It's a big moment for quantum physics. A team of physicists from the University of Otago, in New Zealand, has managed to grab individual atoms and observe their unseen atomic interactions.
This is a first in the world of physics and could have a huge impact on future quantum technologies, something that could be integral to our society's future.
Their findings were published in Physical Review Letters on Tuesday.
An armful of equipment
In order to hold an individual, microscopic moving atom down the physicists had to use quite a bit of equipment. There were lasers, mirrors, a vacuum chamber, as well as microscopes, not to mention time, energy, patience, and expertise.
Up until now, atoms have only ever been observed in numbers. This experiment offers a previously unseen view of the microscopic world of atoms.
"Our method involves the individual trapping and cooling of three atoms to a temperature of about a millionth of a Kelvin using highly focused laser beams in a hyper-evacuated (vacuum) chamber, around the size of a toaster. We slowly combine the traps containing the atoms to produce controlled interactions that we measure," said Associate Professor Mikkel F. Andersen of Otago’s Department of Physics.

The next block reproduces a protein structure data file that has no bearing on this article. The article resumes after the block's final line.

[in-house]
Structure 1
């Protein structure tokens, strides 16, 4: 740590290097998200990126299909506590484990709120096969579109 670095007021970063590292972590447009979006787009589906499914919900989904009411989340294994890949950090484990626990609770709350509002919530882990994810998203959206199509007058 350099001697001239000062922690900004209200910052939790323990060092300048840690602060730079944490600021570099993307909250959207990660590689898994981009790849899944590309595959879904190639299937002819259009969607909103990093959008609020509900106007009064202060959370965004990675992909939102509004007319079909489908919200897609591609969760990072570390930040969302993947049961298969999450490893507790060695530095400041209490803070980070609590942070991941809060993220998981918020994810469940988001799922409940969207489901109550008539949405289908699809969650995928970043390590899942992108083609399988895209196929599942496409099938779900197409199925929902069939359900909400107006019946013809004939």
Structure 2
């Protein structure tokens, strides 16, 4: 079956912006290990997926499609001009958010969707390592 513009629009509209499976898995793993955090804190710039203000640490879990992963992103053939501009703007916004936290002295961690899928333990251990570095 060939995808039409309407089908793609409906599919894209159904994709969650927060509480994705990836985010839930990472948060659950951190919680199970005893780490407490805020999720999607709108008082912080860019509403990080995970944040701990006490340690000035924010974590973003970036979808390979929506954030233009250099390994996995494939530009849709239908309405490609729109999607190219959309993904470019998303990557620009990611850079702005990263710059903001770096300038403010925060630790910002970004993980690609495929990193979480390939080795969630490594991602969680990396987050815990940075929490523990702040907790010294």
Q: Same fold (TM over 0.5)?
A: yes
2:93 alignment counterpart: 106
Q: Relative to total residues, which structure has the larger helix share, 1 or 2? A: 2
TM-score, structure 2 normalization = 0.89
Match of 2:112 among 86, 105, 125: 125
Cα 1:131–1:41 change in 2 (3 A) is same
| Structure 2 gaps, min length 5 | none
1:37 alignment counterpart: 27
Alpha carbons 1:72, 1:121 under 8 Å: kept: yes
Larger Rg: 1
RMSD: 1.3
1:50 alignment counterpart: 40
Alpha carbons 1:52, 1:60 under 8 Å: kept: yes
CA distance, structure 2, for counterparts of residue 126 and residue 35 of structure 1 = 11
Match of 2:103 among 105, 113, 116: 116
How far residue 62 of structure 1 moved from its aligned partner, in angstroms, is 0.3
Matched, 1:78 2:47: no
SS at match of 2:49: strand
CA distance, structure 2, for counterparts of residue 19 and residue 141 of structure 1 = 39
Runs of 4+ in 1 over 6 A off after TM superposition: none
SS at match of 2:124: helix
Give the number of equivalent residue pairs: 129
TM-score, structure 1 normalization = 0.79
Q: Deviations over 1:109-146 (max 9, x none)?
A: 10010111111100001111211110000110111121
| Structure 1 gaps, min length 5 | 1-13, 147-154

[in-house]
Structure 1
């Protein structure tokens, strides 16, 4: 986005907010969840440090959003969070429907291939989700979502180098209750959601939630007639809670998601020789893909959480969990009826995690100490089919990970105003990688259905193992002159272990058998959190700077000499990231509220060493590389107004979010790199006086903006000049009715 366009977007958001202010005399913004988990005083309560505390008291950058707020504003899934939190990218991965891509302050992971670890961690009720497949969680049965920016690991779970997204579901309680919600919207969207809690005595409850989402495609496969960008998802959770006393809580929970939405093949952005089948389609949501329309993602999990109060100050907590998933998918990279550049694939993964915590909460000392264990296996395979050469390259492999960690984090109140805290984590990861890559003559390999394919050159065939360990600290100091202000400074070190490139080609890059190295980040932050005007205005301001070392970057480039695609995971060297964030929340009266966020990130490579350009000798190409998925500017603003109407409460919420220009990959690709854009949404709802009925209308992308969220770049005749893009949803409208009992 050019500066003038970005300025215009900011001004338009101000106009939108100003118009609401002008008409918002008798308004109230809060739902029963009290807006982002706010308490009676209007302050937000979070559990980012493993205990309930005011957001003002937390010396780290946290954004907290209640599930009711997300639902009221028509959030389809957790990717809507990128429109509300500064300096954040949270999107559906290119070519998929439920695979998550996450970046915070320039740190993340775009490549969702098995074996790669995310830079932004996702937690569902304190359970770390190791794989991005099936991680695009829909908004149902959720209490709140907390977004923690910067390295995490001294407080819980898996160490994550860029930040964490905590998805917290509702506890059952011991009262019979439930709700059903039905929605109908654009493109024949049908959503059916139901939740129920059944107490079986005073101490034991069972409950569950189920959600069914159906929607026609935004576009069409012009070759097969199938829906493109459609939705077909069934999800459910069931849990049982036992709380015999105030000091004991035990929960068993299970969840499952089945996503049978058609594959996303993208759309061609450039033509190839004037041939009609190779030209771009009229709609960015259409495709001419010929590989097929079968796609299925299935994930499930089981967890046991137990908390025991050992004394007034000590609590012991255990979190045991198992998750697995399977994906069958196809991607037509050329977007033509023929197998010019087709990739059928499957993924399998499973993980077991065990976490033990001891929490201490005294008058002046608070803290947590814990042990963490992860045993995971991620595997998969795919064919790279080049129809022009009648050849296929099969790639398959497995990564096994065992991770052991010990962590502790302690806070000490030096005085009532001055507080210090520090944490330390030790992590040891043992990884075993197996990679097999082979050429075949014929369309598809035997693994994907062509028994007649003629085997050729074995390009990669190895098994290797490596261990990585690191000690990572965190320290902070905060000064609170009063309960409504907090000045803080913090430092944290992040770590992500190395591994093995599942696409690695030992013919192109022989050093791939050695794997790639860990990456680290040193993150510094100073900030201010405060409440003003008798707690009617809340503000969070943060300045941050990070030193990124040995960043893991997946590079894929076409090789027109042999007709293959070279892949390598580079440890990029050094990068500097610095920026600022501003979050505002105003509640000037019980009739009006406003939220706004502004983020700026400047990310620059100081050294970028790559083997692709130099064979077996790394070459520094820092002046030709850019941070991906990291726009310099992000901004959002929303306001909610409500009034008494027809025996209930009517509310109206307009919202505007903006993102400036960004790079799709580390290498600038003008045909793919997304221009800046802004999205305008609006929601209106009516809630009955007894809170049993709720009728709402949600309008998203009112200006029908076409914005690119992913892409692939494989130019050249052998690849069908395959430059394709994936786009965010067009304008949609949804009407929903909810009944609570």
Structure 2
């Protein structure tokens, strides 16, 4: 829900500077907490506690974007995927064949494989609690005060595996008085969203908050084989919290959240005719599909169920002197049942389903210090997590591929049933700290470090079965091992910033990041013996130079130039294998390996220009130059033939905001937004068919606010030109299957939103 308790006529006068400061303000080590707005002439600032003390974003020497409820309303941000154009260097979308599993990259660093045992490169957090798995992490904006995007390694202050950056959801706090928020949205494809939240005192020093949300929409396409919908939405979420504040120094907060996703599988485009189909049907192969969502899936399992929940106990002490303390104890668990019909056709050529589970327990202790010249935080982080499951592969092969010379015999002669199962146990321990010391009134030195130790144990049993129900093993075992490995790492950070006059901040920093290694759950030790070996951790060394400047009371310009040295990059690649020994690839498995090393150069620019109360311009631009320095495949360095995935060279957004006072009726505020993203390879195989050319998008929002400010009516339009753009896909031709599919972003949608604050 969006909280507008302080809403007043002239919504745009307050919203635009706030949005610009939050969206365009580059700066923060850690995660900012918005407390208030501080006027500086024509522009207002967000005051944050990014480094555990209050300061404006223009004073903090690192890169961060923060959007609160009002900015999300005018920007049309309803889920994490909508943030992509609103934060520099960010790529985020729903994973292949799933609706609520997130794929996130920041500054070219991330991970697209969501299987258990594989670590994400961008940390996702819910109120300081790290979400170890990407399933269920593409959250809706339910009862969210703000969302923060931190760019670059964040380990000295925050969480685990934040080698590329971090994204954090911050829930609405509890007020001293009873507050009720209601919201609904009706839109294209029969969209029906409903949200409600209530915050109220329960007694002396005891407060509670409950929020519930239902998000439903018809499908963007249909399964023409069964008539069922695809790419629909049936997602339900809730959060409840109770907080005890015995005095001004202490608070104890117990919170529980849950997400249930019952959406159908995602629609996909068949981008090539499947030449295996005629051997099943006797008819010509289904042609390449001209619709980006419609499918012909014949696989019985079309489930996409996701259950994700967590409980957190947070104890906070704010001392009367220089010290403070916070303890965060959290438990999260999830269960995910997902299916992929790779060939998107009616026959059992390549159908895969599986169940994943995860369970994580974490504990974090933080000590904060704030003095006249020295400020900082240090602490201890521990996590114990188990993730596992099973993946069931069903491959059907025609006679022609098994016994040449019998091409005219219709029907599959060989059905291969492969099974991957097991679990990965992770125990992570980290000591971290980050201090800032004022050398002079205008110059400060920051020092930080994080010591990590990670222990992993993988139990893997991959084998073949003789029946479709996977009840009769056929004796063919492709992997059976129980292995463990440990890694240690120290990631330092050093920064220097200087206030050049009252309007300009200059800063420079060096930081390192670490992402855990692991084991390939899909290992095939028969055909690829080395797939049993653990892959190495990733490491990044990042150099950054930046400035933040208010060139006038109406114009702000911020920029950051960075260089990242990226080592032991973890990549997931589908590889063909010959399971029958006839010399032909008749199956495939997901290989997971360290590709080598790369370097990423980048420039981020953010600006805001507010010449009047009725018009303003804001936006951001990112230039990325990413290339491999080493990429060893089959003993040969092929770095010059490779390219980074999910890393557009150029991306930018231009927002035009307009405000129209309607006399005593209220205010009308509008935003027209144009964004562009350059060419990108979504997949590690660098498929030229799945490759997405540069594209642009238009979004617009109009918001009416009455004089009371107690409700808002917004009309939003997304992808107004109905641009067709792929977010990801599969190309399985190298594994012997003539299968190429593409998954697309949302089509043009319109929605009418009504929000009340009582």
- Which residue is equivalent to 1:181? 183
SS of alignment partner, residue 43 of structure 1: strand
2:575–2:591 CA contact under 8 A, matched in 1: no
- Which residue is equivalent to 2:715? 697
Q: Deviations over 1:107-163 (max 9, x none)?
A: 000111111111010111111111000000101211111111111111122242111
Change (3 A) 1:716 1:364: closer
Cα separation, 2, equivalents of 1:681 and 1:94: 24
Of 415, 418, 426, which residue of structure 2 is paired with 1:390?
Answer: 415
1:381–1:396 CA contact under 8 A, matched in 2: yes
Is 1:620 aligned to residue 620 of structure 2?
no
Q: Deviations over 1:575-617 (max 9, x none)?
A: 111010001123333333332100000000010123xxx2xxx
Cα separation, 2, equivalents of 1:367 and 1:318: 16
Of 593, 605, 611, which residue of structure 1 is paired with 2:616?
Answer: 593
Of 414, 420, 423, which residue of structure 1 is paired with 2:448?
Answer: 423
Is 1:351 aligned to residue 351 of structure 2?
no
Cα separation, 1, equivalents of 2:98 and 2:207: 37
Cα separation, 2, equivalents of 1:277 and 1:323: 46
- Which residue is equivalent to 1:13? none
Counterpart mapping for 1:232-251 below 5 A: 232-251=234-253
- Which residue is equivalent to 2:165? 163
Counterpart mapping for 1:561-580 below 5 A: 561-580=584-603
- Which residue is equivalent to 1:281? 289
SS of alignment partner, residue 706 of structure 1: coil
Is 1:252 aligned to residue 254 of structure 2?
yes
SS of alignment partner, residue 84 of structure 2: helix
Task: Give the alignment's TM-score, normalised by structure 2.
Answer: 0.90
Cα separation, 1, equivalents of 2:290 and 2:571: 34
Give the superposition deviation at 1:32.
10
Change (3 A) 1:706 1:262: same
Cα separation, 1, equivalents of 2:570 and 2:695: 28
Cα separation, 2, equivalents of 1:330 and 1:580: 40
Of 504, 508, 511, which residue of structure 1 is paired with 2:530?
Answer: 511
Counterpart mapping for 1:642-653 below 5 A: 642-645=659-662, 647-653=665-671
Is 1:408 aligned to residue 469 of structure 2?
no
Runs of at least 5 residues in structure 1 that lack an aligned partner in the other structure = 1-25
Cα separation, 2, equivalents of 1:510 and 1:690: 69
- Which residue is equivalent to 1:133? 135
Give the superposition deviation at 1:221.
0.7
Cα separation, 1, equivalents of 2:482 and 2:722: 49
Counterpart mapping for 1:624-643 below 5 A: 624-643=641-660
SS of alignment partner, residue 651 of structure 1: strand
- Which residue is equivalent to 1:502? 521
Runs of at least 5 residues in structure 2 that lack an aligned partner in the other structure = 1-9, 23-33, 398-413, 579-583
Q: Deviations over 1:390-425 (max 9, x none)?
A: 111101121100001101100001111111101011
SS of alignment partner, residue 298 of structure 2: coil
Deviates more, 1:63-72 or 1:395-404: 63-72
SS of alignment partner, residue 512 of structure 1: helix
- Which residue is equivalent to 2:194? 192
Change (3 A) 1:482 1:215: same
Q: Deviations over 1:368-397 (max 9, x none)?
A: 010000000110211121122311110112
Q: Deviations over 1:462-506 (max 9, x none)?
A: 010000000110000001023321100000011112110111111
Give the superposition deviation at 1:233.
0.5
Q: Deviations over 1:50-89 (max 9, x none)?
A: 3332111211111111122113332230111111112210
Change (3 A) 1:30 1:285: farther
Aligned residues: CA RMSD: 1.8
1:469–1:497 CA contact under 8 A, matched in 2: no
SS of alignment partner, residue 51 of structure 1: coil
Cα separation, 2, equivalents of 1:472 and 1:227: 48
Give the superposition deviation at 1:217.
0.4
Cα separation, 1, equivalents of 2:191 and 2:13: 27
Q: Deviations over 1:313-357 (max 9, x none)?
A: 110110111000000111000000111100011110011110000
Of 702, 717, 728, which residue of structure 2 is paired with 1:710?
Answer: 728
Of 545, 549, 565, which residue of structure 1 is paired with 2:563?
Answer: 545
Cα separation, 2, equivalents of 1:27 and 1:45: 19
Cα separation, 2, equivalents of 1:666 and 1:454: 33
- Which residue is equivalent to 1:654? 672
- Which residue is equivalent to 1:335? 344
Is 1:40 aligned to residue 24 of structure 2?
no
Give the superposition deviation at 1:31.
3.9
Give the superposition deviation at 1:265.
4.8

Postdoctoral Researcher Marvin Weyland continued "By working at this molecular level, we now know more about how atoms collide and react with one another. With development, this technique could provide a way to build and control single molecules of particular chemicals."
The two physicists believe that their research will be useful in the future development of quantum technologies, impacting them as much as earlier quantum technologies, which brought about modern computers and the Internet.
In a first for quantum physics, University of Otago researchers have "held" individual atoms in place and observed previously unseen complex atomic interactions. This is a LASER-cooled atom cloud viewed through microscope camera https://t.co/oYJEFfcaYx pic.twitter.com/QgjNvnRwSx— Massimo (@Rainmaker1973) February 20, 2020
As Andersen said "Research on being able to build on a smaller and smaller scale has powered much of the technological development over the past decades. For example, it is the sole reason that today's cellphones have more computing power than the supercomputers of the 1980s."
He finished by saying "Our research tries to pave the way for being able to build at the very smallest scale possible, namely the atomic scale, and I am thrilled to see how our discoveries will influence technological advancements in the future."